Another thing we did was to bring in a leadership consultant, not long after we started the business in 1998, to run off-site meetings for the four founders once or twice a year. He helped us understand our individual styles and how we liked to make decisions and interact. One person went A, B, C, D — very linear. Another person quickly processed things, immediately went from A to Z, and said, “This is it.” And other people had something in between. So it really helped us understand the decision-making style of the partners, and that helped us develop some of the ground rules for how we make decisions.
So we really focused on communication and clarity. One of our rules is that everybody gets a chance to speak, and they have three minutes each. Then we would discuss, and then we would vote. We really focused on the process.
Q. When you’re working with C.E.O.’s of the companies you’re investing in, do you find yourself repeating certain things?
A. What I tend to say to them is, “Talk to me about what you’re doing right, and how you’re doing it, and what you feel you can do better.” I don’t want to hear only good news. Because with a growing company, and especially for first-time C.E.O.’s, I think they feel that they need to know all the answers — “I can’t show weakness. I can’t show that I don’t know how to do something.”
So they tend to want to come to you with answers and the problems solved. And I say: “No, that’s not what I want. Tell me what the problems are, so I can help you solve them. This stuff is tough. We don’t expect you to do everything yourself. Let me help you. Let the board help you.”
I look for people who don’t think they know all the answers, because no one does in this very fast-changing world, especially in technology. I want to know if they’re going to listen when I’m giving them feedback. Because I’ve seen a lot. I’ve invested in about 70 companies, and I’ve looked at hundreds of others. I tell them: I’m not preaching to you, I’m partnering with you. I’m not your boss. I’m a board member, and I’m trying to make you be the best C.E.O. you can be.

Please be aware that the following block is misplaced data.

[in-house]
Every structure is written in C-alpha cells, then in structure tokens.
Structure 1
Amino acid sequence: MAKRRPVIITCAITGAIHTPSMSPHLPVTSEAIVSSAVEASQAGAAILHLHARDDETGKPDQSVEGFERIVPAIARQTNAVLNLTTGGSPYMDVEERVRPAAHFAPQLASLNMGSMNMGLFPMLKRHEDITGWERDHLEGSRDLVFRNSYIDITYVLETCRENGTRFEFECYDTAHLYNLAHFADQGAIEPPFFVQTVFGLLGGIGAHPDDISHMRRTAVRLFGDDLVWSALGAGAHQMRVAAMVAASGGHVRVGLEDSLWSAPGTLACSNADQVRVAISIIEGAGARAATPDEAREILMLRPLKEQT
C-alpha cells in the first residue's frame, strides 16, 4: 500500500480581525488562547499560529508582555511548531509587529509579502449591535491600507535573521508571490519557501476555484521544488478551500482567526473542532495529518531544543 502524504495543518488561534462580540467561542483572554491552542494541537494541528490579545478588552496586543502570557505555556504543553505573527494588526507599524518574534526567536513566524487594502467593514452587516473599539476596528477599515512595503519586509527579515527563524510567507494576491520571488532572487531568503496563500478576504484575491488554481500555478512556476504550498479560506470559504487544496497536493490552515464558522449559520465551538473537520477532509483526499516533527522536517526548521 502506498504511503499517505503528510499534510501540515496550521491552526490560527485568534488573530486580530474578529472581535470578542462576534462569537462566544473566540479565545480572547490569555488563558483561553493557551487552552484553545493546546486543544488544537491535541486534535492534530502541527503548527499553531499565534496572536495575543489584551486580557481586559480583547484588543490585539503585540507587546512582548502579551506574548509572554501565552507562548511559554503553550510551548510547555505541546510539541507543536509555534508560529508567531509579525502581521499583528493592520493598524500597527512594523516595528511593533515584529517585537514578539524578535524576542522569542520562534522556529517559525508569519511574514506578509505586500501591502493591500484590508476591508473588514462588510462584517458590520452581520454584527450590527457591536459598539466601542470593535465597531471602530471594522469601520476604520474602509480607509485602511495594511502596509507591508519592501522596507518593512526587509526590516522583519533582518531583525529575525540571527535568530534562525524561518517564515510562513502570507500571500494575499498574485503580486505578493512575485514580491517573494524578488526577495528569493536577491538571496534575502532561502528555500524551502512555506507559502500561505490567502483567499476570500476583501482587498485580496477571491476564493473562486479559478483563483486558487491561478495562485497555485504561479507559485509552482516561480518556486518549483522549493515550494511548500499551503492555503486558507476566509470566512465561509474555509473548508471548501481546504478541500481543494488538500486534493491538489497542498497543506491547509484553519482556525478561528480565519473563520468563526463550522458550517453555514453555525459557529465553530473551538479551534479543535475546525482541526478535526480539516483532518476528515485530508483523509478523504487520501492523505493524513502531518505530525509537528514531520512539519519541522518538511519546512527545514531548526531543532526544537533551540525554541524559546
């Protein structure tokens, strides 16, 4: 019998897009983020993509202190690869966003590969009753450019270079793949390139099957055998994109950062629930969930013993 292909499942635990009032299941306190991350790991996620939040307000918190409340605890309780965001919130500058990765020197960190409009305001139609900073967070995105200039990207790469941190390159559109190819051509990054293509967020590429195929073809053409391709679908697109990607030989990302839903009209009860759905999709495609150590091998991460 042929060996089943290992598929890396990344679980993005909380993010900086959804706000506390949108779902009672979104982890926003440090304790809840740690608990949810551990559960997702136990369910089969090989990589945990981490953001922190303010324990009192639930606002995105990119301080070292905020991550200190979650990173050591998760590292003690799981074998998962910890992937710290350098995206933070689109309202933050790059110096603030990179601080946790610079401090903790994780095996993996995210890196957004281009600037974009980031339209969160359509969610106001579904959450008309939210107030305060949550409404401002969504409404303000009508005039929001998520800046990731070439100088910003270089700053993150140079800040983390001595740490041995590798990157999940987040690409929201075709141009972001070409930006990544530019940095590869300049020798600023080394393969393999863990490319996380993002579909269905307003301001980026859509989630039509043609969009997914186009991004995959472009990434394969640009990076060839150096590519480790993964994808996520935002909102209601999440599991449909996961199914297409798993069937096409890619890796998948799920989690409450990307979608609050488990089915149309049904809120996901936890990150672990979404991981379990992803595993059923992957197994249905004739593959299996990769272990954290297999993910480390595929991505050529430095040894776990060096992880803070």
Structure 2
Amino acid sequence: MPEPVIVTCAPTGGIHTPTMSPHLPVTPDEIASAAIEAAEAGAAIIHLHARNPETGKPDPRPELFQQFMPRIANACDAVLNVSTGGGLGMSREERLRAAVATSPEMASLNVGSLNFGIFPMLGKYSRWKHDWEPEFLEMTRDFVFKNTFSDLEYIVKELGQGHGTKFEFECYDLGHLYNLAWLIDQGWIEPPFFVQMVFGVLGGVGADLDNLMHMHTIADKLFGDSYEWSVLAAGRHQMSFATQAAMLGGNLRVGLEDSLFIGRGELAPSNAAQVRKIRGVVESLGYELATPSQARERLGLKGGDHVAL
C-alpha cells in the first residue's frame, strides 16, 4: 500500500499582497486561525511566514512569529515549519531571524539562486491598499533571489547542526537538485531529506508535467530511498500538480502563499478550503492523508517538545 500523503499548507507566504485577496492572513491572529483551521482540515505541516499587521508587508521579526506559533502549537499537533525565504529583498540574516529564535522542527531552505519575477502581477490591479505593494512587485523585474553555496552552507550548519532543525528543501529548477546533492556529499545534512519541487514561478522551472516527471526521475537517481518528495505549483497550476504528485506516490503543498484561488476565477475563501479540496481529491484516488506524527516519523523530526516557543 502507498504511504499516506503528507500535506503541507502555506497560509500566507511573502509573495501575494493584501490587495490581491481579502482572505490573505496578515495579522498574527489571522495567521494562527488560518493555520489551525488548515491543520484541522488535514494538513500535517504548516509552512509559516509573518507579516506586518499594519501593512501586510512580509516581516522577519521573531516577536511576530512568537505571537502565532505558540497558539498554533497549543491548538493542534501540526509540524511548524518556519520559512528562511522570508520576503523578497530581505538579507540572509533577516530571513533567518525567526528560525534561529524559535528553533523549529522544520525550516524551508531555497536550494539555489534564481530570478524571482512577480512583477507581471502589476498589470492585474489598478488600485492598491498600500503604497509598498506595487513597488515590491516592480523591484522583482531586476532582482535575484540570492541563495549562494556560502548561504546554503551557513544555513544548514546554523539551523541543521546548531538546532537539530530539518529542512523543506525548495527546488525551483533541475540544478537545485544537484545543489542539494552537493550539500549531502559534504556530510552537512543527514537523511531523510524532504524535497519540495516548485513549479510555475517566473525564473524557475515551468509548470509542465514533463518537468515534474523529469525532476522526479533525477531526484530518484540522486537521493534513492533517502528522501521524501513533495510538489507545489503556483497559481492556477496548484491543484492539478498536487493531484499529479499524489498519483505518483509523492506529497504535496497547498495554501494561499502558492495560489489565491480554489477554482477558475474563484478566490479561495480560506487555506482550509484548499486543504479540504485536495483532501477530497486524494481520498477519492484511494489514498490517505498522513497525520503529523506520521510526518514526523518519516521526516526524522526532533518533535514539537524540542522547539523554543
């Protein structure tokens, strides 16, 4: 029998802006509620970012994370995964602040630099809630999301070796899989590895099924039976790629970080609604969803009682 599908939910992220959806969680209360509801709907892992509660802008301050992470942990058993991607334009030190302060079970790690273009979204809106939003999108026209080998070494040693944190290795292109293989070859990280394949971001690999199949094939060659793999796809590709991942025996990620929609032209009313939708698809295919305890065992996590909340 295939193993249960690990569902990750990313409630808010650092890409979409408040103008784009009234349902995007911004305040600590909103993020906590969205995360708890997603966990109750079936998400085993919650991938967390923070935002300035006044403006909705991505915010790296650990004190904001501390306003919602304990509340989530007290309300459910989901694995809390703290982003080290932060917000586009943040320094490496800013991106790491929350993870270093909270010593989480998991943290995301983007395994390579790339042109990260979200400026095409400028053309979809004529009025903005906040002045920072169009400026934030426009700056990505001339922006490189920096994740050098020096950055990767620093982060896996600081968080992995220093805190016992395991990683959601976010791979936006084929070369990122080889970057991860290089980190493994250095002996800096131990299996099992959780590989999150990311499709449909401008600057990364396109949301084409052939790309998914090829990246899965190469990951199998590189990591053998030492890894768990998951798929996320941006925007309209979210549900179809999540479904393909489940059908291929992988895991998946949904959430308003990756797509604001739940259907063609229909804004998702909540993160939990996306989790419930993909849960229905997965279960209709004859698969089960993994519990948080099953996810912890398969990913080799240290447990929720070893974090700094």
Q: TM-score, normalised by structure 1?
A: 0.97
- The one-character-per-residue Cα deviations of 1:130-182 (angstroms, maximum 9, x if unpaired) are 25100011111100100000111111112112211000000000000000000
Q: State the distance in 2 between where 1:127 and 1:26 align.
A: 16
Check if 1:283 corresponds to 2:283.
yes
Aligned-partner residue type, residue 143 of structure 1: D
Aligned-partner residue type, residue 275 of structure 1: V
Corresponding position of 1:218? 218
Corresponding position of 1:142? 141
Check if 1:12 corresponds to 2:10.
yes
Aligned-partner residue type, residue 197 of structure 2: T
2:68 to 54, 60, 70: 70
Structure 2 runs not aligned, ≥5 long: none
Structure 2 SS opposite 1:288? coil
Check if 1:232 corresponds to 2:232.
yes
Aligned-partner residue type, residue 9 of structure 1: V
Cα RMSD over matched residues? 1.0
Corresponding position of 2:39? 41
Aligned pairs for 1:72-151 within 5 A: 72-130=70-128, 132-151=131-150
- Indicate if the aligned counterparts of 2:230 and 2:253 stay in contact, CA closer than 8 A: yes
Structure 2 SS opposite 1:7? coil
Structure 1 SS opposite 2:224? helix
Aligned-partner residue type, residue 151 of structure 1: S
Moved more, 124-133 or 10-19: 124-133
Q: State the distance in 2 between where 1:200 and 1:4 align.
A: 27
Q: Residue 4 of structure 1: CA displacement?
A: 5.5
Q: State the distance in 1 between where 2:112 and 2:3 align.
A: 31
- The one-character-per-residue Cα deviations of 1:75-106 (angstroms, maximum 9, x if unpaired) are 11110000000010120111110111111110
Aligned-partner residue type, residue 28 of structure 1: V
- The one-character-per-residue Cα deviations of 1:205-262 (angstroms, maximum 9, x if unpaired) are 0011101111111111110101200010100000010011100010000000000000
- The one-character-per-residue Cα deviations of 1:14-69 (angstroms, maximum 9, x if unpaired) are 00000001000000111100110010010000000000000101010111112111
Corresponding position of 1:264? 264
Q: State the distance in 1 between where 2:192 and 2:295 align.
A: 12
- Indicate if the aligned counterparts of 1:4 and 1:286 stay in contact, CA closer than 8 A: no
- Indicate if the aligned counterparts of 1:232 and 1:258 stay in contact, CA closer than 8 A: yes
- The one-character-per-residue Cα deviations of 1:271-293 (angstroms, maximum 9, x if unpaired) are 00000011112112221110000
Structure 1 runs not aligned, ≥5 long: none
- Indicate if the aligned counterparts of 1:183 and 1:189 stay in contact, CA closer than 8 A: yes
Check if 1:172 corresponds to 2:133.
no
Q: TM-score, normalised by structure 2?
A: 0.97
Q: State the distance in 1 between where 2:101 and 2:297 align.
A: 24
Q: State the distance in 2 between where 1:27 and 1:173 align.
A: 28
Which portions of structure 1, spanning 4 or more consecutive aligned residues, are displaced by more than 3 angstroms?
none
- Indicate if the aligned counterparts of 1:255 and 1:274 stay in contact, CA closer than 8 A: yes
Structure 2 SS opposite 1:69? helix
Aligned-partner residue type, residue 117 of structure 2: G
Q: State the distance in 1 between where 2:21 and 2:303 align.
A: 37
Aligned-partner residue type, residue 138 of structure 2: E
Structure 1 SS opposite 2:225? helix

Q. Tell me more about how you assess chief executives.
A. Obviously you want expertise, technical skills, and you want them to be really smart. But I’m also looking for more subjective things, like self-awareness. Do they understand their own strengths and weaknesses? Can they create excitement for others and the desire to achieve?
I would say that in 75 percent of the companies we’ve invested in, the board has decided to change the C.E.O. So when you are hiring a new C.E.O., of course you want to know if they know what to do and how to do it. What I always ask them is: “Review your career for me. Tell me what you did and why you did it.” I want to understand that person’s history. And in describing their professional history, their personal history comes out when they explain why they changed jobs.
If they’re a first-time C.E.O., can they learn? Do they have the attributes that’ll make a great C.E.O.? Can they hire “A” players? Can they build a sense of mission and urgency? Can they maintain that energy and motivation to stay on top?